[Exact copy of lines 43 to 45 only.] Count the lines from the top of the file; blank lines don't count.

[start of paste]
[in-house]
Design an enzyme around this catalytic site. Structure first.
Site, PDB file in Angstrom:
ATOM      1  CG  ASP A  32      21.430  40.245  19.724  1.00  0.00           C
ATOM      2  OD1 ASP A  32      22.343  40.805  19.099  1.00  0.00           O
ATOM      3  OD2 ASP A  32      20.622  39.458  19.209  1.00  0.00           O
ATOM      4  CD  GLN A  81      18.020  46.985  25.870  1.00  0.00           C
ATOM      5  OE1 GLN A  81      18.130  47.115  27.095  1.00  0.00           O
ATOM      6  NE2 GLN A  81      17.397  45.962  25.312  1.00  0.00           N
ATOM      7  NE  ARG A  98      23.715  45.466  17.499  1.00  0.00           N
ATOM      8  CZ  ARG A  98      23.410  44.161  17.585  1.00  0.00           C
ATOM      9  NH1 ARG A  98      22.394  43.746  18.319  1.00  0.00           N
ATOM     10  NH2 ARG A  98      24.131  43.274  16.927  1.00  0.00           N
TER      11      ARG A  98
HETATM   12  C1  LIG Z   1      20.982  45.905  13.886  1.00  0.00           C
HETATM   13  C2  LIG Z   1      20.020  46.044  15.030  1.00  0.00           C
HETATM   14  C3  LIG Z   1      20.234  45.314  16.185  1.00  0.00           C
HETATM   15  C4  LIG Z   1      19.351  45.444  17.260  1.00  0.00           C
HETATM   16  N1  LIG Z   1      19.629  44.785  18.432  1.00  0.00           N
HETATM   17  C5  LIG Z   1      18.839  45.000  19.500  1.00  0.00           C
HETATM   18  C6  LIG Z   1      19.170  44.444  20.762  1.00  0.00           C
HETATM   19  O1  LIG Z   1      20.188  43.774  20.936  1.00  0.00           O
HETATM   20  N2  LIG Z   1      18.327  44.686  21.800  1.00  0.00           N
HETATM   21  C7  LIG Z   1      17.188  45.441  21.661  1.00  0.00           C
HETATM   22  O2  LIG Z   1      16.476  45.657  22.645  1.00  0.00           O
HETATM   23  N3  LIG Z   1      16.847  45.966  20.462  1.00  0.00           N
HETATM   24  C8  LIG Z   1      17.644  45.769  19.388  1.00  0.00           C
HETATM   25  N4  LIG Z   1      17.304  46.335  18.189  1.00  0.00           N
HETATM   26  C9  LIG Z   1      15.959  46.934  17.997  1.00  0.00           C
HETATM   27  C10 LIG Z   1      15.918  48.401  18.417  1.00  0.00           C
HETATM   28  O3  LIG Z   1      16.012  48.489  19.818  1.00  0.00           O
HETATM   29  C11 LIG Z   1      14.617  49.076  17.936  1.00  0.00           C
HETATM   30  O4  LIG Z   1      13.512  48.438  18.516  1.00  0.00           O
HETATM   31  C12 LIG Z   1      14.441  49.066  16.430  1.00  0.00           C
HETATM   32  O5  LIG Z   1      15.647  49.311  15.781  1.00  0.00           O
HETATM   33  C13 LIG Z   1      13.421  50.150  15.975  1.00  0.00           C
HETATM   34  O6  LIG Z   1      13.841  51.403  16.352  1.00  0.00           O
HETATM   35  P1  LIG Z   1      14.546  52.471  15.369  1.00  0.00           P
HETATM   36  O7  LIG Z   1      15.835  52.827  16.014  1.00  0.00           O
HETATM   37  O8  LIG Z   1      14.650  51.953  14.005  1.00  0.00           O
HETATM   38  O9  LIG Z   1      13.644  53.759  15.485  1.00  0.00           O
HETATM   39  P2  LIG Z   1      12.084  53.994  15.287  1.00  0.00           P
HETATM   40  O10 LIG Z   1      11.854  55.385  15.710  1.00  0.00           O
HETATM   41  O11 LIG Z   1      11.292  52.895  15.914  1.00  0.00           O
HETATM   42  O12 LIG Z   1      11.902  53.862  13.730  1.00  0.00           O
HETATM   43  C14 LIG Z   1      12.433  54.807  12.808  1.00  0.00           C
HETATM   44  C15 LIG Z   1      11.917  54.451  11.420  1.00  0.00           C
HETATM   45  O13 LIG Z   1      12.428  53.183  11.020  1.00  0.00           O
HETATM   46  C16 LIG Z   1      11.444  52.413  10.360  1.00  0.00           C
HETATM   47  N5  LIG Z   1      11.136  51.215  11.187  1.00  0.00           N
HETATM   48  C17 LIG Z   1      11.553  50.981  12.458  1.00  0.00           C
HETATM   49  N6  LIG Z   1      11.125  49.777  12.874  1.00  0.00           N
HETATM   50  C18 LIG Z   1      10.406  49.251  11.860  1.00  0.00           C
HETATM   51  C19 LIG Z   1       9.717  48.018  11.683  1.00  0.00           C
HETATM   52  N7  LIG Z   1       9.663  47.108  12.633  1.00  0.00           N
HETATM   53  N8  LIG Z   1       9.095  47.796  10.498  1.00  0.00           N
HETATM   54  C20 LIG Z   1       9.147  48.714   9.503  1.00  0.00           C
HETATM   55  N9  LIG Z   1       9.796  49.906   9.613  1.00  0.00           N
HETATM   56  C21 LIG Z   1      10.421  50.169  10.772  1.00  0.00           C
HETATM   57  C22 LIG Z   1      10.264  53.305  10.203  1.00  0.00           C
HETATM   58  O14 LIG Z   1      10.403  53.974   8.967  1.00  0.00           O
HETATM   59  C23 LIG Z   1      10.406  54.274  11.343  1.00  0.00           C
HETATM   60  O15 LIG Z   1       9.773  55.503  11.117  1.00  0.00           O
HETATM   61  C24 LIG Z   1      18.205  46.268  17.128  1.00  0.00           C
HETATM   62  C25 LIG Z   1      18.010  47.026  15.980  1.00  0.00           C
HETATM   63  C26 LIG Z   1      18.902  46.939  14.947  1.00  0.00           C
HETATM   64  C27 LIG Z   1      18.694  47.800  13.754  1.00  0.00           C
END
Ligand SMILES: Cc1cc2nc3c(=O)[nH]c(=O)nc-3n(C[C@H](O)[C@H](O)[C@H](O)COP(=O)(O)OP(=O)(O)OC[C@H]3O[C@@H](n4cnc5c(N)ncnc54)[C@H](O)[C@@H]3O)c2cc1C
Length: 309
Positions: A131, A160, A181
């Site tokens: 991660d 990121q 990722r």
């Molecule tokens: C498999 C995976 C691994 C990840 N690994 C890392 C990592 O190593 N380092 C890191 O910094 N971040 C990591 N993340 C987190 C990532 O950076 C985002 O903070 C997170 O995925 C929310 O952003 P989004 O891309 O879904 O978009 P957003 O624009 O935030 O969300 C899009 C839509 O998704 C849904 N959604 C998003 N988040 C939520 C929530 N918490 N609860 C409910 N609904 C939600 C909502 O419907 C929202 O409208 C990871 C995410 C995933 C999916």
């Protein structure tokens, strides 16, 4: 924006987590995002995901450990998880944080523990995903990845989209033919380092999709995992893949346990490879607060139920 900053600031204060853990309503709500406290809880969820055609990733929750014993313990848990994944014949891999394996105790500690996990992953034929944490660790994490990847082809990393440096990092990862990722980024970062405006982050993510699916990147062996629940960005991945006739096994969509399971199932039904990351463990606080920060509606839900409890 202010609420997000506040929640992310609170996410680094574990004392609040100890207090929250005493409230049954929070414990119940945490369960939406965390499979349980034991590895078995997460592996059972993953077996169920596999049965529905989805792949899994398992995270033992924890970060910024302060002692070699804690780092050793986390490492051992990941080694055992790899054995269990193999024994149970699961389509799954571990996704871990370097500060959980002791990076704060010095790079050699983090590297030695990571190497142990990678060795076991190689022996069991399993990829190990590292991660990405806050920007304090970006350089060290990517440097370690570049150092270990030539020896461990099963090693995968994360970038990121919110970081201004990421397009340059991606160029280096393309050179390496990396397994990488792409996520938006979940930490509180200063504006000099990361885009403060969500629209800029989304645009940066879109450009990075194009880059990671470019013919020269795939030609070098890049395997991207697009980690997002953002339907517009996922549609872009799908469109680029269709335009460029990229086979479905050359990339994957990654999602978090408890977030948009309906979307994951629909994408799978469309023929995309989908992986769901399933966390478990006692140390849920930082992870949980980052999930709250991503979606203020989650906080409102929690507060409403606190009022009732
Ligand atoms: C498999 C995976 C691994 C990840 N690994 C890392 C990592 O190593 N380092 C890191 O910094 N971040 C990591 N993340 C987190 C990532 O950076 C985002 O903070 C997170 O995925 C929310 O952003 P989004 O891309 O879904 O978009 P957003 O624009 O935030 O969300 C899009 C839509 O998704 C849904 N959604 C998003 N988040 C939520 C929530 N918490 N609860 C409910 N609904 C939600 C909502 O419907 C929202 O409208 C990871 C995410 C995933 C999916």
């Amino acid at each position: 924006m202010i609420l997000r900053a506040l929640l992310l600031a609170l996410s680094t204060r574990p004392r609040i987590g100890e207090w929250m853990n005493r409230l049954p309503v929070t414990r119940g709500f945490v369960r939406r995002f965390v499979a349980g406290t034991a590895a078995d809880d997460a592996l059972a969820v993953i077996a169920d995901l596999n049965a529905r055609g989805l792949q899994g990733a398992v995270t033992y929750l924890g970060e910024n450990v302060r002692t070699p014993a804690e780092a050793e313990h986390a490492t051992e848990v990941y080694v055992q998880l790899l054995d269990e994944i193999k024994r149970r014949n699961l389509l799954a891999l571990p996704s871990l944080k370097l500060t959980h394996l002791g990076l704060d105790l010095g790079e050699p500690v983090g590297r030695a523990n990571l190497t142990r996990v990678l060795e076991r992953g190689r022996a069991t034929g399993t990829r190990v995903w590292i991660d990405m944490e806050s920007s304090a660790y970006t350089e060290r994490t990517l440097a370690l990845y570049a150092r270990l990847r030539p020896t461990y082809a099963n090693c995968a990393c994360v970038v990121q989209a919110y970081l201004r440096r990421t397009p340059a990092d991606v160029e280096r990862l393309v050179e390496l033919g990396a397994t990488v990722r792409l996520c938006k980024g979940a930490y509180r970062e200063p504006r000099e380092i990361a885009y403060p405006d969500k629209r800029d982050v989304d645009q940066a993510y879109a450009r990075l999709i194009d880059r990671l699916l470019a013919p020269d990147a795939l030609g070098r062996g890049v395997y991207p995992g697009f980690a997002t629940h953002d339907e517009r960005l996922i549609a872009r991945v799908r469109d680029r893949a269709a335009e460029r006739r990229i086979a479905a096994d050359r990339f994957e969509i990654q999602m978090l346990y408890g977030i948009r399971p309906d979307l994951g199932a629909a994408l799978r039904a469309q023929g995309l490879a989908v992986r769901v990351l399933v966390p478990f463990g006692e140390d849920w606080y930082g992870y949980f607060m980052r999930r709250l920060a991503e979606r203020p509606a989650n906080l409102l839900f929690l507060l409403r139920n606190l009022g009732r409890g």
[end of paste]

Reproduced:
HETATM   40  O10 LIG Z   1      11.854  55.385  15.710  1.00  0.00           O
HETATM   41  O11 LIG Z   1      11.292  52.895  15.914  1.00  0.00           O
HETATM   42  O12 LIG Z   1      11.902  53.862  13.730  1.00  0.00           O